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How to Pro-Rate Wake County Property Taxes at Closing: 60 Seconds in Real Estate Cary NC

Real Estate Closing and Wake County NC Property Tax Details

Wake County Property Tax Proration at Closing

It really isn't all that complicated.

Seller pays property tax through Closing, the date of deed recordation.

Buyer pays the balance for the year starting from the day after closing.

Wake County Property Tax year is the Calendar year, January 1 through December 31.  Your Closing Attorney will divide the tax bill by 365 days, and multiply the result, the property tax per day by the number of days for which each party is responsible.
And the total is the party's share.

If the tax bill has been paid already, Buyer will credit Seller at settlement for their share. 
If the tax bill has not been paid, Seller will credit Buyer for their share.

It seemed to be worthy of a quick breathless 60 Seconds in Real Estate Cary NC video blog:


10 thoughts on “How to Pro-Rate Wake County Property Taxes at Closing: 60 Seconds in Real Estate Cary NC

  1. Your guidance on proration of property taxes for settlement in Wake County is wrong since taxes are not paid in arrears but in advance in Wake County and when paid in advance the buyer credits the seller for the advance property tax payments the seller has made from the date of purchase to June 30.

    From Wake County Property tax site

    “Annual tax bills are calculated for the fiscal taxing period of July 1 through June 30. They are not based on a calendar year. (Example: A bill issued in July 2016 would cover the period of July 1, 2016, through June 30, 2017.) Property taxes not paid in full by January 5 following billing are assessed an interest charge of 2% for the month of January and an additional 3/4 of 1% each month thereafter.”

    The tax year runs July 1 to June 30 so property taxes up to June 30, 2018 was paid with the July 1, 2017 billing.

    1. Thanks for your comment, Stanley.
      It is a common misconception that the county fiscal year trumps the process followed at real estate closings.
      When closing a real estate transaction, the calendar year rules.
      June 30 closing?
      The seller covers the first half of the year. The buyer covers the 2nd half.
      September 30 closing? Likewise. Seller covers the first 9 months and buyer covers the last 3 months.
      Yes, it is a bit of a goofy offset. But, that is the practice.

  2. Two attorneys, a real estate broker, and a Wake County Dept. of Revenue Rep. told me that it doesn’t matter if the seller has already paid the property taxes for the current fiscal year, that taxes for the current calendar year will still be collected from the seller at closing and credited to the buyer for the months the seller owned the home (i.e. the seller has paid the property taxes to the county for the fiscal year July 1, 2017 – June 30, 2018. Nonetheless, at a closing on March 30, 2018, the prorated property taxes for Jan. 1 – March 30, 2018 will be debited from the sellers proceeds and credited to the buyer for the calendar year 2018 (so the seller will in essence pay twice for these 3 months). Is this correct? Thank you.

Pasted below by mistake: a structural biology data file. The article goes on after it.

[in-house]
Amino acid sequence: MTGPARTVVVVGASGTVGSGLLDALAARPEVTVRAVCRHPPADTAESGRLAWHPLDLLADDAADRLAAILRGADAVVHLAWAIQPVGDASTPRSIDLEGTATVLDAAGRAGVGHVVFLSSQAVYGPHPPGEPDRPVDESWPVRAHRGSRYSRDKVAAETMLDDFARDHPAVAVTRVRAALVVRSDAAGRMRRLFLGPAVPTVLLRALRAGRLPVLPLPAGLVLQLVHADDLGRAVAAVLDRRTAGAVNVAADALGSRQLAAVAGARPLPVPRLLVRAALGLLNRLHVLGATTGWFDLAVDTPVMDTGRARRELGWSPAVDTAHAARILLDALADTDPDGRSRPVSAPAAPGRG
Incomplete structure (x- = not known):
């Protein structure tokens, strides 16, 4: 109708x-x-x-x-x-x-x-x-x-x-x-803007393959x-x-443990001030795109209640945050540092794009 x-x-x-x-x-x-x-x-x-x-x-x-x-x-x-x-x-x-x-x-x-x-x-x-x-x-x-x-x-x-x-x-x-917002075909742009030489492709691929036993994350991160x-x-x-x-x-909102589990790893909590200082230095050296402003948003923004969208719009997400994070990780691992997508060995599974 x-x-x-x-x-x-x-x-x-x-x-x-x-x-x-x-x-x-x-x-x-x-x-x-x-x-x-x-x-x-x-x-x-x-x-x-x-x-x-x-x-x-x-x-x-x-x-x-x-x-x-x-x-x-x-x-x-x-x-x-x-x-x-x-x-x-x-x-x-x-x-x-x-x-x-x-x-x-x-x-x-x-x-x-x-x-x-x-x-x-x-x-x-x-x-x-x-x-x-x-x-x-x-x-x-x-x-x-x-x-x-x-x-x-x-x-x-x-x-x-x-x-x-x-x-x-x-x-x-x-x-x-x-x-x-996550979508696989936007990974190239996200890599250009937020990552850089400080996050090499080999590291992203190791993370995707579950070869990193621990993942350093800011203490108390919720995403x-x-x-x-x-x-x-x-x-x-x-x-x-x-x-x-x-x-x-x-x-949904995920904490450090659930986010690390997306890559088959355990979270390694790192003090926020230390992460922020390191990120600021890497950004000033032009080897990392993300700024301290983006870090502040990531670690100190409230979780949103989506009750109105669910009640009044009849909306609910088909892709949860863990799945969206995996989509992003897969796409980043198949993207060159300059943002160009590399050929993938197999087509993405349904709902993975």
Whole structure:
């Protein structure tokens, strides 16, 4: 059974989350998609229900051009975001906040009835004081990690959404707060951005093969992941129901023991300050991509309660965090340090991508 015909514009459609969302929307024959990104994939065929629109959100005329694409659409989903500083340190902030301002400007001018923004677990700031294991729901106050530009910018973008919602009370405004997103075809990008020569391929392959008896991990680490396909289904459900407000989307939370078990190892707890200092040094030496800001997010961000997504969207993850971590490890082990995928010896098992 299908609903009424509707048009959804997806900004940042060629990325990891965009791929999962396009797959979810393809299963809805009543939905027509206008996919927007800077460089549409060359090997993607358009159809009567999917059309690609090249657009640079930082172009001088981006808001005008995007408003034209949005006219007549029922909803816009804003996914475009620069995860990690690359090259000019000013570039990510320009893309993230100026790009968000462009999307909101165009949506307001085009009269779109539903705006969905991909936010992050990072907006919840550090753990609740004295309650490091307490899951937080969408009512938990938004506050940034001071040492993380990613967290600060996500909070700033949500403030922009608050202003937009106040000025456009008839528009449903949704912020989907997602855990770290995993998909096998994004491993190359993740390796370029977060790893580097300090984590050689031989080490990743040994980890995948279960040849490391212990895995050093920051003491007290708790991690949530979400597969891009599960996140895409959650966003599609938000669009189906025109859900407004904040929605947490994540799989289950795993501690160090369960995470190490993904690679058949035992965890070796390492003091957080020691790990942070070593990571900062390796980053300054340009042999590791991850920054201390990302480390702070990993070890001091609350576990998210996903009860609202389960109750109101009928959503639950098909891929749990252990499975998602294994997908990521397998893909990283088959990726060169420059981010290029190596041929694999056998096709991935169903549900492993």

3. That is wrong Phil and I suspect a lot of settlements occur with a wrong proration because of confusion of “Calendar Year” usage in the sales contract.
    Here is Seller Advisory issued by your NCAR and a proration quote from it.
    The calendar year reference in the contract only means it will be prorated with the seller responsible for taxes from January 1 to the date of sale and the buyer responsible for taxes from the day after the date of sale to the end of the calendar year. Credit will be given to seller for portions prepaid that is the responsibility of the buyer; and credit will be given to the buyer if the seller has not yet paid taxes on the part that he is responsible.
    “Property Taxes
    In North Carolina, when property is bought and sold, the real property taxes are prorated between the buyer and the seller according to the terms of the standard Offer to Purchase and Contract (jointly-approved by the NC Association of REALTORS and the NC Bar Association). The seller pays the taxes from January of the current year through the settlement date and the buyer pays the taxes from the settlement date through the end of the year.